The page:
Buy The Dips

Definition of 'Buy The Dips'


A slang phrase regarding the practice of purchasing stocks following a decline in prices. After a significant dip in the price of a security or stock index, investors should increase positions or purchase different stocks to capitalize on what is seen as an eventual upswing.

Investopedia explains 'Buy The Dips'


The concept of buying dips is based on market fluctuation. Because the market is volatile, any given dip in prices should eventually rise back up. By purchasing stocks right after a dip, investors are essentially buying shares at a discounted sale price.

Like all trading strategies, buying the dips is not a sure thing, because some stock price drops are due to negative changes in the underlying company's fundamentals. For example, investors who followed this strategy around the bursting of the dotcom bubble may have lost a lot of money because many internet companies lacked a proper revenue-generating business model.


Filed Under:

comments powered by Disqus
Hot Definitions
  1. Ascending Triangle

    A bullish chart pattern used in technical analysis that is easily recognizable by the distinct shape created by two trendlines. In an ascending triangle, one trendline is drawn horizontally at a level that has historically prevented the price from heading higher, while the second trendline connects a series of increasing troughs.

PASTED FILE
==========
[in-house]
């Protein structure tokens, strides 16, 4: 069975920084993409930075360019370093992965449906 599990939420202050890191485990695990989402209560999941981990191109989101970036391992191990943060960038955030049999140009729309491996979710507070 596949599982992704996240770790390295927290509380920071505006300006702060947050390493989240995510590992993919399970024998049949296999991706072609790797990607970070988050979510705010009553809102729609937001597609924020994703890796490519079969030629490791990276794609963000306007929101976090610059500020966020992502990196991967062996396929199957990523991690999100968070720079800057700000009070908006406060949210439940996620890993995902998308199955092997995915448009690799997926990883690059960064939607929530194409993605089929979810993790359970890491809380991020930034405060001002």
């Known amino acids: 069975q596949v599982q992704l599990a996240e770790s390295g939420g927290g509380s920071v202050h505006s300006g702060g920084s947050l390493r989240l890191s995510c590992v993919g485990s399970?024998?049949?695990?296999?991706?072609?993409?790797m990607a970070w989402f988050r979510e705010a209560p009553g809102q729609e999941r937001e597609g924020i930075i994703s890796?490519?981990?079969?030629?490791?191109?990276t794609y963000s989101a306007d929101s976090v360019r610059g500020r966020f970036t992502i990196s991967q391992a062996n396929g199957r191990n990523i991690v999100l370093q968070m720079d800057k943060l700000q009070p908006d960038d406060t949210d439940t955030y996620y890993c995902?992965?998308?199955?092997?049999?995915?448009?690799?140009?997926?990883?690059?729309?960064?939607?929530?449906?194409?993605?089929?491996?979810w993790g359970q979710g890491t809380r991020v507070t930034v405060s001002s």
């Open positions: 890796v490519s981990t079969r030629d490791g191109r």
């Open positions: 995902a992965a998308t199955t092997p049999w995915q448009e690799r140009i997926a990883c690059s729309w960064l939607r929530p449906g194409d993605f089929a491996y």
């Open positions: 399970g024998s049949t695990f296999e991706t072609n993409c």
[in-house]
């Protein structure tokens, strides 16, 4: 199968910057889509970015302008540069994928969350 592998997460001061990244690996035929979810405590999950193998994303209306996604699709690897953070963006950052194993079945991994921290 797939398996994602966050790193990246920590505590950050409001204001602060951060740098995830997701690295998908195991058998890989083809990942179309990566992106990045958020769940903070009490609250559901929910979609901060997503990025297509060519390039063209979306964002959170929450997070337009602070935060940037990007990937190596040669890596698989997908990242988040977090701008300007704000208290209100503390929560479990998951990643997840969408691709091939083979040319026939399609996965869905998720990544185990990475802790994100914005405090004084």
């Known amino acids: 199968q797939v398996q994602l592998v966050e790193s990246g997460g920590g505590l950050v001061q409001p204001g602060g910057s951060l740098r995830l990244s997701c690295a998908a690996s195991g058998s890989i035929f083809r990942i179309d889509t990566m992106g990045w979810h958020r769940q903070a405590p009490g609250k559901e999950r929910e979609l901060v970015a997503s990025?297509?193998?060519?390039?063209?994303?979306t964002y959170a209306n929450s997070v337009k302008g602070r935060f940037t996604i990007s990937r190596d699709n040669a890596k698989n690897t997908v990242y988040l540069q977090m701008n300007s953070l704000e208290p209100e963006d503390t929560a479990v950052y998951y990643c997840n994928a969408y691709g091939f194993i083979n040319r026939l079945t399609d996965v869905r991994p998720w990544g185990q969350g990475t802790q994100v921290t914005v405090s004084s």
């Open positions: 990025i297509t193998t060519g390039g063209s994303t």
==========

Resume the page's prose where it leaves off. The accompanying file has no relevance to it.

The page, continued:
2. National Best Bid and Offer - NBBO

    A term applying to the SEC requirement that brokers must guarantee customers the best available ask price when they buy securities and the best available bid price when they sell securities.
  3. Maintenance Margin

    The minimum amount of equity that must be maintained in a margin account. In the context of the NYSE and FINRA, after an investor has bought securities on margin, the minimum required level of margin is 25% of the total market value of the securities in the margin account.
  4. Leased Bank Guarantee

    A bank guarantee that is leased to a third party for a specific fee. The issuing bank will conduct due diligence on the creditworthiness of the customer looking to secure a bank guarantee, then lease a guarantee to that customer for a set amount of money and over a set period of time, typically less than two years.
  5. Degree Of Financial Leverage - DFL

    A ratio that measures the sensitivity of a company’s earnings per share (EPS) to fluctuations in its operating income, as a result of changes in its capital structure. Degree of Financial Leverage (DFL) measures the percentage change in EPS for a unit change in earnings before interest and taxes (EBIT).
  6. Jeff Bezos

    Self-made billionaire Jeff Bezos is famous for founding online retail giant Amazon.com.
Trading Center